Hinton, Nichols, and Ohala’s 1994 book Sound Symbolism contains a chapter by Richard Rhodes, entitled “Aural Images”, in which Rhodes proposes a scale for onomatopoeia ranging from tame to wild.
Rhodes discusses what he calls “true onomatopoeia”, in which a word “is directly shaped by the sound it represents.”
This definition of onomatopoeia is, however, too loose to be of much use to us. But in order to tighten it up we will need to recognize that the class of words we want to treat as onomatopoeic is quite diverse phonetically in that such words fit on an analog scale, ranging from the very precise imitations of the impressionist to words such as [imitative bird names like whippoorwill and chickadee]. Let me call the ends of this scale wild and tame. At the extreme wild end the possibilities of the human vocal tract are utilized to their fullest to imitate sounds of other than human origin. At the tame end the imitated sound is simply approximated by an acoustically close phoneme or phonemic combination. (Rhodes, pg. 279)†The unusual symbols used here are v̉ to represent a laryngealized vocoid, v̰ to represent a pharyngealized vocoid or sonorant, v˔ to represent a raised vocoid, and superscript numbers to represent pitch contours with 5 representing a low pitch ca. in the middle of the second octave below middle C and 1 representing a high pitch ca. middle C. (endnotes; Rhodes, pg. 291)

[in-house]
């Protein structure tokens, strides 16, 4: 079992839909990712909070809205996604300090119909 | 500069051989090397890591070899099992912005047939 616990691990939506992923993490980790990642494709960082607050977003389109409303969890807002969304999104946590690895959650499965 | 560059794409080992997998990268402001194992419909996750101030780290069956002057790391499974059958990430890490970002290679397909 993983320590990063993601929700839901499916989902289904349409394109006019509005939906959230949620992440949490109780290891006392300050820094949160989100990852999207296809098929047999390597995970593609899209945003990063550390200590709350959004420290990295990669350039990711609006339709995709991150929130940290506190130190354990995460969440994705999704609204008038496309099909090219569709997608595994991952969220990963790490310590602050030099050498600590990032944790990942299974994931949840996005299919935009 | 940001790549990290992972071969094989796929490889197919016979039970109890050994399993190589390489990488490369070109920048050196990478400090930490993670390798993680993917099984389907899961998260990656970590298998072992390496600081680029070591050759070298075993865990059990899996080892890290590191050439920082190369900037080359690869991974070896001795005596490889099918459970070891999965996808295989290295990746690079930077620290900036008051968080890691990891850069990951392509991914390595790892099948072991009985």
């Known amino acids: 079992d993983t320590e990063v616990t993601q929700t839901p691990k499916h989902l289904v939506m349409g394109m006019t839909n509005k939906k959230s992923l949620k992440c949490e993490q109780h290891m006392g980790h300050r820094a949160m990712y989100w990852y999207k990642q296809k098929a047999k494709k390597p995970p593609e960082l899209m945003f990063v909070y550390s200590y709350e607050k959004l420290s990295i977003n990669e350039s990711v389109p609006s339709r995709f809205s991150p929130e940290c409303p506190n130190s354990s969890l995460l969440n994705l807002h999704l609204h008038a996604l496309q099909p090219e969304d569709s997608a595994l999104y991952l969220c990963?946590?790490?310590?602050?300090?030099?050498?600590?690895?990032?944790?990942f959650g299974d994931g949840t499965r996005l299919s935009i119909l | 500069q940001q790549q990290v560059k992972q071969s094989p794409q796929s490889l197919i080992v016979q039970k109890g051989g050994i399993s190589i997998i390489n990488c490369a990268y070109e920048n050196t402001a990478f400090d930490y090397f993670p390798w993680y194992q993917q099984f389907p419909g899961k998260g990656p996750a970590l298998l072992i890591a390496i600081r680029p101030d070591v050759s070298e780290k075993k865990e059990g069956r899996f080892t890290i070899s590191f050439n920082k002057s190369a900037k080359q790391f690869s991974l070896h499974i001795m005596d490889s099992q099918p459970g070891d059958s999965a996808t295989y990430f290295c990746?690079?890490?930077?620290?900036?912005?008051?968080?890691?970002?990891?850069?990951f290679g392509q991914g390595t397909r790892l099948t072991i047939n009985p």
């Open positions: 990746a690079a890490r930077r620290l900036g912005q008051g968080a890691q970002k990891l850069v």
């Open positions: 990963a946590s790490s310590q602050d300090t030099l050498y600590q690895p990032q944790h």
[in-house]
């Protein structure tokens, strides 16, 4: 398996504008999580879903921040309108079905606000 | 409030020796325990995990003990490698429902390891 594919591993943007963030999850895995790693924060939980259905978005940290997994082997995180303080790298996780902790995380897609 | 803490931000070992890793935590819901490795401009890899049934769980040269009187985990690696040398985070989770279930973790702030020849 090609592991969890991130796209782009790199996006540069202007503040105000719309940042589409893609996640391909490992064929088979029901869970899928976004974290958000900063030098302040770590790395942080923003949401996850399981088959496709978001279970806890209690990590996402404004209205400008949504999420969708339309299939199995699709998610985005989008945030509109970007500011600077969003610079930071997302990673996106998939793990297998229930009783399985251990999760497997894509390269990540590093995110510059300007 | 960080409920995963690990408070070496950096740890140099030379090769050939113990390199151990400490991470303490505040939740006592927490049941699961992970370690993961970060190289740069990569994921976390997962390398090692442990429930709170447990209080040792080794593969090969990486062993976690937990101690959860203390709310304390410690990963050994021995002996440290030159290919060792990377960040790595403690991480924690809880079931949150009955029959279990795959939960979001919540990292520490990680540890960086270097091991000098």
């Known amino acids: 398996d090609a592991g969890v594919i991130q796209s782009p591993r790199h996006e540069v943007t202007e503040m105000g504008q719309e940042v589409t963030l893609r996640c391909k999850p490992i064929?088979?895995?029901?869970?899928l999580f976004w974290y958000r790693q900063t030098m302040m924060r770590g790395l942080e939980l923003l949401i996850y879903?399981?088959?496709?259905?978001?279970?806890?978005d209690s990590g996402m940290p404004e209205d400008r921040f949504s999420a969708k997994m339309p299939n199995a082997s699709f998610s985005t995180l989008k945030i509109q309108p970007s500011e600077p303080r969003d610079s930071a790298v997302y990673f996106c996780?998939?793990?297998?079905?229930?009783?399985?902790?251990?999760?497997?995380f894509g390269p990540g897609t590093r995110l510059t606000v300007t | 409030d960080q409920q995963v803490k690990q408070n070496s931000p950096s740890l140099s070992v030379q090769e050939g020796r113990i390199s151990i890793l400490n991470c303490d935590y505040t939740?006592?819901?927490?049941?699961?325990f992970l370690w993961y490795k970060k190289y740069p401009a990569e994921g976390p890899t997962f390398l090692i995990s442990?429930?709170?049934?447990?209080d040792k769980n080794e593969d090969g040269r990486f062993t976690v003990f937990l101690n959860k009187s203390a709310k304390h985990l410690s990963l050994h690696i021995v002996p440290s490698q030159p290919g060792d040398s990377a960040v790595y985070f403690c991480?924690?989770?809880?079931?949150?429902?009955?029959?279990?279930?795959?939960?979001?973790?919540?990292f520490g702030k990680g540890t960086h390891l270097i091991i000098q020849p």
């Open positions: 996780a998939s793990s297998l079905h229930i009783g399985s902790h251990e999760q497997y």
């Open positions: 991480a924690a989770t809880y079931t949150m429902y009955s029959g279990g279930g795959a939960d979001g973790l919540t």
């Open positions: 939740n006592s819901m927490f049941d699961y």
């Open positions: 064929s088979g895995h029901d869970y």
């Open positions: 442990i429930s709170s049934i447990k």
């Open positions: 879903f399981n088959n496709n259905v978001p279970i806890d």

wild tame [ʔw̰̉æ̰̉ʔˑw̰̉æ̰̉ʔ]† quack, quack [u˔ː323u˔ː323] hoo/ hoot [bæ̰̉ʔæ̰̉ʔæ̰̉ʔæ̰̉ʔ] baa [ʔm̰ɨ̰̃ː545] moo
This unexpected bit of linguistic scholarship has led to numerous interesting and fruitful discussions. Not least among them has been a discussion of the appropriateness of endnotes in our modern digitally typeset age. (See also Pullum, G.K., 1991, “Stalking the Perfect Journal”, pp. 59-66 in The Great Eskimo Vocabulary Hoax.) In large part because of the endnote-
The extra little hooky thing looks like a half-
At this point in the conversation, perhaps, an ad for the Girls Gone Wild series of adult videos was playing on the television. Suddenly it all became clear. Not only had Rhodes discovered an interesting and useful feature for describing and classifying onomatopoeia which was also as likely an element of Universal Grammar as any other I’ve seen proposed, but in fact he had discovered a higher-
This is not the first analysis to apply linguistic principles and processes to non-
It is clear that in the case of onomatopoeia, tame is unmarked, and wild is marked, since the tame versions can be written with conventional orthography, while the wild ones require pushing the IPA to its limit. Similarly, tame girls are unmarked (so much so that they often go unnoticed) while it is sufficiently notable when a girl goes wild to be worth the effort to record the event for posterity. The unmarked value for the tame/
made by a snooty academic and the article may suffer some delEterI
0us ty pe s e tt i n g.